Enter in ticket sales. Remember those Ticketmaster or Land Nation purchases we all just made (and probably have now seen on our credit card statements)?? Each ticket came with a copy of Paper Gods. Obviously someone in marketing is fully committed to the success of Paper Gods. At the time, I wondered out loud to Amanda if those albums would in fact count towards album sales. To be completely fair, I am still not entirely sure…but from the reading I’ve done, it appears that yes, they would. I think. The “rules” seem sketchy at best, and they seem to vary based on chart. That said, the proof seems to be in the pudding, and Paper Gods re-entered the charts last week at #45…12,000+ units having been sold.  Was it the upcoming tour that really provoked the sudden buying spree, or was it that the tickets each came bundled with their own copy of the album that are counting towards those chart sales, and… is it artificially inflating the chart position if in fact that is how those CD’s that came bundled with the tickets are being counted?  Does it matter?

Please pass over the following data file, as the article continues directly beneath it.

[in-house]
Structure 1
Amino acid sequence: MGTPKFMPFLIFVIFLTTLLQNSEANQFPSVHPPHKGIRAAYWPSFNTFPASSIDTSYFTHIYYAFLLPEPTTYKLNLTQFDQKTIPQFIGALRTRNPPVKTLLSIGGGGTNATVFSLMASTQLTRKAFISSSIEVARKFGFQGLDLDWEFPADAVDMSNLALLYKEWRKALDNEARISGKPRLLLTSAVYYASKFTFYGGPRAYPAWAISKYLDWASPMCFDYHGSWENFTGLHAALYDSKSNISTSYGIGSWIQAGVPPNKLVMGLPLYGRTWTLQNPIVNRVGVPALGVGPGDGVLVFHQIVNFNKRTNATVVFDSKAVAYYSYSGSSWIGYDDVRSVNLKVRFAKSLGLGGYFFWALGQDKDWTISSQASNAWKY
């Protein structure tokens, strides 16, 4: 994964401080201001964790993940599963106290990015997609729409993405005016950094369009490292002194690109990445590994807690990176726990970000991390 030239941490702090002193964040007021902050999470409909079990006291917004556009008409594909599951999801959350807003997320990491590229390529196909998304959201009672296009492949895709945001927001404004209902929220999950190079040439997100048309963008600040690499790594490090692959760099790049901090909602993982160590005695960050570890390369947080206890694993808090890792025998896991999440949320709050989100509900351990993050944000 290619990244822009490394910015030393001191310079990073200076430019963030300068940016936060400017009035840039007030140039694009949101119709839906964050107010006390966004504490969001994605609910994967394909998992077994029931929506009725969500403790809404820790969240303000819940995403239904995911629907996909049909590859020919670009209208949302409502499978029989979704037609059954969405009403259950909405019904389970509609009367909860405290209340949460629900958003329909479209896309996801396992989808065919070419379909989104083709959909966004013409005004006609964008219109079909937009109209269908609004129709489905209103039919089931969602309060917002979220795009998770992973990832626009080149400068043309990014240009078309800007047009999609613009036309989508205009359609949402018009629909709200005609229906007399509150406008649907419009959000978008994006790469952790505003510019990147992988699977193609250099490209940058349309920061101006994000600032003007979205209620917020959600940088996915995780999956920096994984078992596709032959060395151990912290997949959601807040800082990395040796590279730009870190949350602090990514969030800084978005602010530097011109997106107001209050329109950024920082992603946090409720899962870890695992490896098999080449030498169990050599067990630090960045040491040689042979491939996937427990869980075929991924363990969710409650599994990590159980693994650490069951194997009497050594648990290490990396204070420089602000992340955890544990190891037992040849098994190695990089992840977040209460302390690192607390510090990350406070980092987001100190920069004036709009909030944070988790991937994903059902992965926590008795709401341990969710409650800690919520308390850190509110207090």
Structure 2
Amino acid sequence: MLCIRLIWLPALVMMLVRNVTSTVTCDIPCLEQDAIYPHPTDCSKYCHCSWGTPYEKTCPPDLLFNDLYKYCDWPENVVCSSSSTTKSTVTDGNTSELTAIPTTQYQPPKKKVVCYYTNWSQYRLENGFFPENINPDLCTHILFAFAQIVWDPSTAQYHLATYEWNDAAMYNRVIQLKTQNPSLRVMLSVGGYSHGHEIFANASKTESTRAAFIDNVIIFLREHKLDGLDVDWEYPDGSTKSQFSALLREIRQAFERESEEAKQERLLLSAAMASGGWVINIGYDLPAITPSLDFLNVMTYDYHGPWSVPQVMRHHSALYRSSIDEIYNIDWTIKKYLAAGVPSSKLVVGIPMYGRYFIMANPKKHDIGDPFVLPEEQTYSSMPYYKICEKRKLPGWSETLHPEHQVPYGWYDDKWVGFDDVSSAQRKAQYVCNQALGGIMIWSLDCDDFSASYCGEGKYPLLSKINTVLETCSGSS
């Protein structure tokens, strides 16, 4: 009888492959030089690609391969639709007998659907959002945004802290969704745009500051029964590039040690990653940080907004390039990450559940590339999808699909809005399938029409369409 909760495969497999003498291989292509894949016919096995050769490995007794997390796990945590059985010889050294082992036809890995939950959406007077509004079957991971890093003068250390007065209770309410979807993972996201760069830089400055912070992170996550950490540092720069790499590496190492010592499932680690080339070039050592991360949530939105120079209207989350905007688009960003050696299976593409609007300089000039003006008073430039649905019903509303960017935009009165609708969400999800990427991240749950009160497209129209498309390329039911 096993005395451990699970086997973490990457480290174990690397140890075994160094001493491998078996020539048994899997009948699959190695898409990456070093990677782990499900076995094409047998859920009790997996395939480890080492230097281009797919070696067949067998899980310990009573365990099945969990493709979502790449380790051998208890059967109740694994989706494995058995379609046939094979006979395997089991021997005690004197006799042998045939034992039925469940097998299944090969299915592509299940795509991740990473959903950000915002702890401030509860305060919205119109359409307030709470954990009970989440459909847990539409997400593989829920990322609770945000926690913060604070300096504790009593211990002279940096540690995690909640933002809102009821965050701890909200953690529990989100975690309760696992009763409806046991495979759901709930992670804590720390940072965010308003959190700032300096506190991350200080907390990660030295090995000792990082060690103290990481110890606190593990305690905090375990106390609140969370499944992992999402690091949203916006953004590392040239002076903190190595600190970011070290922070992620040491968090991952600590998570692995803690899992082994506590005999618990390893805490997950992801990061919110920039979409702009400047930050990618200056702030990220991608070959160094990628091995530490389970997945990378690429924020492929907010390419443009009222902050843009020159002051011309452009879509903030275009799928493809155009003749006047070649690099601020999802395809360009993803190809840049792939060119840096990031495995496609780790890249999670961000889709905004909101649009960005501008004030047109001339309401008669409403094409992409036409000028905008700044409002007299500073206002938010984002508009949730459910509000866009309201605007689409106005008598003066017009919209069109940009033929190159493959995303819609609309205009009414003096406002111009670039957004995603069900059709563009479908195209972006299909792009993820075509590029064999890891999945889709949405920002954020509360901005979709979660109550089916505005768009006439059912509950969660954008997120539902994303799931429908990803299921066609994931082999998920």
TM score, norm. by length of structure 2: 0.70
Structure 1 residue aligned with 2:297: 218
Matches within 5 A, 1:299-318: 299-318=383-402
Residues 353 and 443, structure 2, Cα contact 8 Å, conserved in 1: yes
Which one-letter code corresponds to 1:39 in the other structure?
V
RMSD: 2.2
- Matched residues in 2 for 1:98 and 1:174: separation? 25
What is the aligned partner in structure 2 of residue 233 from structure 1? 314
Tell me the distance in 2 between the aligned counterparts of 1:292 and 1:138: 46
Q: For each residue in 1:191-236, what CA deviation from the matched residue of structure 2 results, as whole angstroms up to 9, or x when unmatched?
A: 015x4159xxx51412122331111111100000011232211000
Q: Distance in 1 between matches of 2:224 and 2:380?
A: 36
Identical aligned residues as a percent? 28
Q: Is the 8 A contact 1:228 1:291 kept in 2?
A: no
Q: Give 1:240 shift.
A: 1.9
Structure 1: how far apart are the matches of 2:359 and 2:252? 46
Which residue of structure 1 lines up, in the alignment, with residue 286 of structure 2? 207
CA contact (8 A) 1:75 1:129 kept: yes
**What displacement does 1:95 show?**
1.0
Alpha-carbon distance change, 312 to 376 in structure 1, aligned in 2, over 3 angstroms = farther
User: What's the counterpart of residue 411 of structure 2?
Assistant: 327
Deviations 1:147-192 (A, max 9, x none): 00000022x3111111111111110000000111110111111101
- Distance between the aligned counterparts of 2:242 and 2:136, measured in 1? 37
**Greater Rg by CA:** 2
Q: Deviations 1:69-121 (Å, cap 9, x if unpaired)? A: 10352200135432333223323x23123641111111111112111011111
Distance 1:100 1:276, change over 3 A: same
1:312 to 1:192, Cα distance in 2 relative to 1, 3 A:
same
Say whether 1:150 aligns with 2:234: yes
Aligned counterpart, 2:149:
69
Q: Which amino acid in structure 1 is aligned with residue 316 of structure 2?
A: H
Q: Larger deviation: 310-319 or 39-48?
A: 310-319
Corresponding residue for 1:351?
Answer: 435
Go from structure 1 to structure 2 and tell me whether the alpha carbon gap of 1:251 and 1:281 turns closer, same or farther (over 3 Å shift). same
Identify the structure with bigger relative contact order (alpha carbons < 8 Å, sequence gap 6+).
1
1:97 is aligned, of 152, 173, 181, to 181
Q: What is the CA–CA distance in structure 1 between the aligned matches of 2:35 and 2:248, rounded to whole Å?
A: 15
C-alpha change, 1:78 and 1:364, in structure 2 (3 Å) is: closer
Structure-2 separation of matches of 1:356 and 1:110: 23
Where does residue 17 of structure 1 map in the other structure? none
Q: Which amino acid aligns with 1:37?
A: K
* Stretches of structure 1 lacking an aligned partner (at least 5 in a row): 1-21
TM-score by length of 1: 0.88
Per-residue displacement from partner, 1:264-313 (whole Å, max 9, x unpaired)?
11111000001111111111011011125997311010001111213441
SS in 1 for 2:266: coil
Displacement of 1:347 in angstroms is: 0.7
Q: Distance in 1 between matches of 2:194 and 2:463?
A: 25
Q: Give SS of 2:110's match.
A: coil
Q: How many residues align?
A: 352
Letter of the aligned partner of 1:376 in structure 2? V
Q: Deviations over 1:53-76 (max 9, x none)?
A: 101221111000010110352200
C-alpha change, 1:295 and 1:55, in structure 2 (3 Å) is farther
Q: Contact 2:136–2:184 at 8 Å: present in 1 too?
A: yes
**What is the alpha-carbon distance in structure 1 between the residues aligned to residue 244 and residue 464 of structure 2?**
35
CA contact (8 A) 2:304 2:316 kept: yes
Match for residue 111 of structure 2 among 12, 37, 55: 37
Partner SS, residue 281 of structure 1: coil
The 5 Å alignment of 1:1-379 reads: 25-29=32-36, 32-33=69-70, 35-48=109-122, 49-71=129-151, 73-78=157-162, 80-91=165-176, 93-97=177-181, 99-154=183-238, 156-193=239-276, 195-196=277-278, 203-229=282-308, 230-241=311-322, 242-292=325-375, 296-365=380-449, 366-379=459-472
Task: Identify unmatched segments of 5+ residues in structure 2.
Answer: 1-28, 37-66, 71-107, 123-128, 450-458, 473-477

For what my own opinion may be worth, I think any time Duran Duran is able to get themselves onto the charts, it is ultimately good.  I have no issue with “artificially” inflating the charts because the bottom line is that if a copy of the album was purchased – then it was purchased, whether with a concert ticket or without; whether due to an upcoming tour or not.  The method makes little difference. After all, what is really the difference between buying an album with a concert ticket as a bundle or going up to the merchandise booth after a show, or going to iTunes, and buying a copy?  All DD has really done is speed up that buying process, and given someone the opportunity to listen. Truthfully, this is indeed the playing field the band has been set on in the year 2015 and 2016 – they have got to get their album heard by as many people as possible. Never mind that I personally have approximately seven extra copies of this album that I really do not need. The idea, of course, is visibility. The band cannot possibly hope to get the album noticed unless they do something to force that exposure. Putting the album in the hands of people who cared enough to buy a tour ticket but maybe didn’t care enough about the new music to make the purchase seems reasonable. Will it convince a casual fan to put the CD in their music player and tell others?  Those chapters have yet to be written in the tale of the Paper Gods, but I look forward to seeing where it all goes.